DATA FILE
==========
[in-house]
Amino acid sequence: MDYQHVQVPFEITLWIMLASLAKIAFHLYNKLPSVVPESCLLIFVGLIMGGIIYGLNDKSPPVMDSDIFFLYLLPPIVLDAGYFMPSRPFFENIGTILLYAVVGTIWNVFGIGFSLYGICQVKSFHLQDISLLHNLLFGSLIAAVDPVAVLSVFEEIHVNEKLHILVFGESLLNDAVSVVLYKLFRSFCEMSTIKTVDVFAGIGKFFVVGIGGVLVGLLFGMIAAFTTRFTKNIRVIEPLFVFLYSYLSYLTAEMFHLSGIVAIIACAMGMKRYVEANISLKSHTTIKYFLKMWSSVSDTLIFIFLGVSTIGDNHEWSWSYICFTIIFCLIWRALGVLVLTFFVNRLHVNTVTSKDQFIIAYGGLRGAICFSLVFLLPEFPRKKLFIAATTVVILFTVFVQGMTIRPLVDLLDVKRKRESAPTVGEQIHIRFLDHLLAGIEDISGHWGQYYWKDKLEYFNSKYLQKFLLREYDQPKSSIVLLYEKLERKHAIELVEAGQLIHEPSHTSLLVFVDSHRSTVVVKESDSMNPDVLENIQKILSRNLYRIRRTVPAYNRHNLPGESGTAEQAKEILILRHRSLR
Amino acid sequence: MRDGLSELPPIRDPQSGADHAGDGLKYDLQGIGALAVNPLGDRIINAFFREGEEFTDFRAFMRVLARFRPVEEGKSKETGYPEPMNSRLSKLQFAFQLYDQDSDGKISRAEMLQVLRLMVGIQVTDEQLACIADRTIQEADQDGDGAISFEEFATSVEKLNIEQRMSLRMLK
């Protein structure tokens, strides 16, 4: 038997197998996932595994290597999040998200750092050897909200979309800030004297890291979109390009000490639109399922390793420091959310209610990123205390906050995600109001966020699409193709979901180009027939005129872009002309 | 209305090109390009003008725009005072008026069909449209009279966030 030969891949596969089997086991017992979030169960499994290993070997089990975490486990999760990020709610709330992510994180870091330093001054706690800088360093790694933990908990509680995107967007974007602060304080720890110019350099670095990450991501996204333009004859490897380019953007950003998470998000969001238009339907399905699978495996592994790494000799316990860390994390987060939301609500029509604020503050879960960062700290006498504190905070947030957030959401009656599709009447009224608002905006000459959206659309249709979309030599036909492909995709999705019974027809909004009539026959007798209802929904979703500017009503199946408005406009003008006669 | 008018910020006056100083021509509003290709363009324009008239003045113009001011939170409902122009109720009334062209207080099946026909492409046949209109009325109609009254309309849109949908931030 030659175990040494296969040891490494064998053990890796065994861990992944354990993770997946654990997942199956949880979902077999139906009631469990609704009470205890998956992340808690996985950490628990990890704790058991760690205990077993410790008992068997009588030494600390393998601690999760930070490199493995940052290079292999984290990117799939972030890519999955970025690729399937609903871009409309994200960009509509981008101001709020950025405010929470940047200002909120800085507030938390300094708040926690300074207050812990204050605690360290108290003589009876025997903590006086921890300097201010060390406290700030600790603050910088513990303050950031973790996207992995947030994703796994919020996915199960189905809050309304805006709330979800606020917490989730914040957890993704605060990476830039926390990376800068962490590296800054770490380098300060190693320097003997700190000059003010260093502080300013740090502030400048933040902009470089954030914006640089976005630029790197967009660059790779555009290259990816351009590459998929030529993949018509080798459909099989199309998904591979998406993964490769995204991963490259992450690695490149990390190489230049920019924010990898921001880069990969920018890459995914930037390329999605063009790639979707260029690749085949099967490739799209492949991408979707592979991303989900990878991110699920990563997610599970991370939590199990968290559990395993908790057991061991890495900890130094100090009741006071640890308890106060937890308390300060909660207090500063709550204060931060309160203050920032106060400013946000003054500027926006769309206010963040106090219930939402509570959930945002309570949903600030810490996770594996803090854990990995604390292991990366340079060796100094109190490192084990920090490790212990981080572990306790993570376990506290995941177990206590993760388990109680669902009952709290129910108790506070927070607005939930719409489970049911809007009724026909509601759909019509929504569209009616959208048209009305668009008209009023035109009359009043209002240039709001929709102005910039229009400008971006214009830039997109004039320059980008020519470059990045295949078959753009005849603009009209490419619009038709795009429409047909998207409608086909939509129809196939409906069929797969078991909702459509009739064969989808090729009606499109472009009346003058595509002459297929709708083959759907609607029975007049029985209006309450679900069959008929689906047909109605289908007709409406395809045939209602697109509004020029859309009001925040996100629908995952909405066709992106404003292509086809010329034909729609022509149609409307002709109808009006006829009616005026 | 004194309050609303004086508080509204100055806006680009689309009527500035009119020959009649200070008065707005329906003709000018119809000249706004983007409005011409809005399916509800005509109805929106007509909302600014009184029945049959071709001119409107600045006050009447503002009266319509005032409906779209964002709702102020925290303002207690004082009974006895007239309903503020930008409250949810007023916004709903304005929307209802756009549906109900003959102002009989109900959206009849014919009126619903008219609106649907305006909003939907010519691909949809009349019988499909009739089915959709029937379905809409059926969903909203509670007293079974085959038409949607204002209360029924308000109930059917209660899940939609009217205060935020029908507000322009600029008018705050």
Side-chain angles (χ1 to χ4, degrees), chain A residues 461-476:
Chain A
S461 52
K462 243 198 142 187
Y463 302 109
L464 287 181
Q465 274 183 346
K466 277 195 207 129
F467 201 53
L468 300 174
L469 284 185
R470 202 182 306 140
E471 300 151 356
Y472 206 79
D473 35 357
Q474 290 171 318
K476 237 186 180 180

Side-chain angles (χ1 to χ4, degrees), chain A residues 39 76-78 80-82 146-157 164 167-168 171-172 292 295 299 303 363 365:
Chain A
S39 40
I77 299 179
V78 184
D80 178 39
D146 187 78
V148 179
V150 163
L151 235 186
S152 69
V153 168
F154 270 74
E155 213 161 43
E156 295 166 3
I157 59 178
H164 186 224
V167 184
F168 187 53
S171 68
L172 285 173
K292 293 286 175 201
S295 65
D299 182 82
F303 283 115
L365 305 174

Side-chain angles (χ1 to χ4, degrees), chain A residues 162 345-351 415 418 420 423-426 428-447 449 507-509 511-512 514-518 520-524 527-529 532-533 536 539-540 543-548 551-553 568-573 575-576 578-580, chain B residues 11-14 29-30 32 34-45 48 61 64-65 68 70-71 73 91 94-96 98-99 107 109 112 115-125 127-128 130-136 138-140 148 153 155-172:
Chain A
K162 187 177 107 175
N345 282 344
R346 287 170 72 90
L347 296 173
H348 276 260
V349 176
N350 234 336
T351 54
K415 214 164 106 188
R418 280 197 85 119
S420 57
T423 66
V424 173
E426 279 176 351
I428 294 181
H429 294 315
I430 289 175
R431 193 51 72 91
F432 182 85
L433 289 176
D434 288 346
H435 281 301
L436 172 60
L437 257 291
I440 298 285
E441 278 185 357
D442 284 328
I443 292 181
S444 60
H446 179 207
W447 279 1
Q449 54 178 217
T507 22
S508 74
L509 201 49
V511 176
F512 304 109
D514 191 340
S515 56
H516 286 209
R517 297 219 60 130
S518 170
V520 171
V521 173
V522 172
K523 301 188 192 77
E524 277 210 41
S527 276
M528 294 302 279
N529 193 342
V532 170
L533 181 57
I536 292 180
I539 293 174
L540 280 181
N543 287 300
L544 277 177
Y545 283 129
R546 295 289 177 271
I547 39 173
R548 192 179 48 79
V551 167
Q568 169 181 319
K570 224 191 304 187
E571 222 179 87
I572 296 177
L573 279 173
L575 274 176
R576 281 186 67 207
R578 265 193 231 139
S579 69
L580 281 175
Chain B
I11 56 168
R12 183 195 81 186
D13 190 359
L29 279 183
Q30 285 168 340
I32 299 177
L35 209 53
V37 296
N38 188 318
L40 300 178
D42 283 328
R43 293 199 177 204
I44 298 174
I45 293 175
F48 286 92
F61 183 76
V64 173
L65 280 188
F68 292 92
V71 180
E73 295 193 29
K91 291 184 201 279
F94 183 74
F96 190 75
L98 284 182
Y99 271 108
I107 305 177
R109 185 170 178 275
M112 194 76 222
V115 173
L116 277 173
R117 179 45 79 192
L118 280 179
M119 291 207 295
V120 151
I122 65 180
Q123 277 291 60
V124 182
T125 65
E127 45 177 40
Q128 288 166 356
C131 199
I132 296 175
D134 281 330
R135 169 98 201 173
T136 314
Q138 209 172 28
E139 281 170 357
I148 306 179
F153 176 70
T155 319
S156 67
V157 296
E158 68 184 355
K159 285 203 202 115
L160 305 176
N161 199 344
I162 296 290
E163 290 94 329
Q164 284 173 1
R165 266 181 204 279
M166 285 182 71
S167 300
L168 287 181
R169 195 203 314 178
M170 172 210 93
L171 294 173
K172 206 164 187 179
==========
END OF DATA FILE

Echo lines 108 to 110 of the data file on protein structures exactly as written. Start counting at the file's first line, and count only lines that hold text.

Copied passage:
R546 295 289 177 271
I547 39 173
R548 192 179 48 79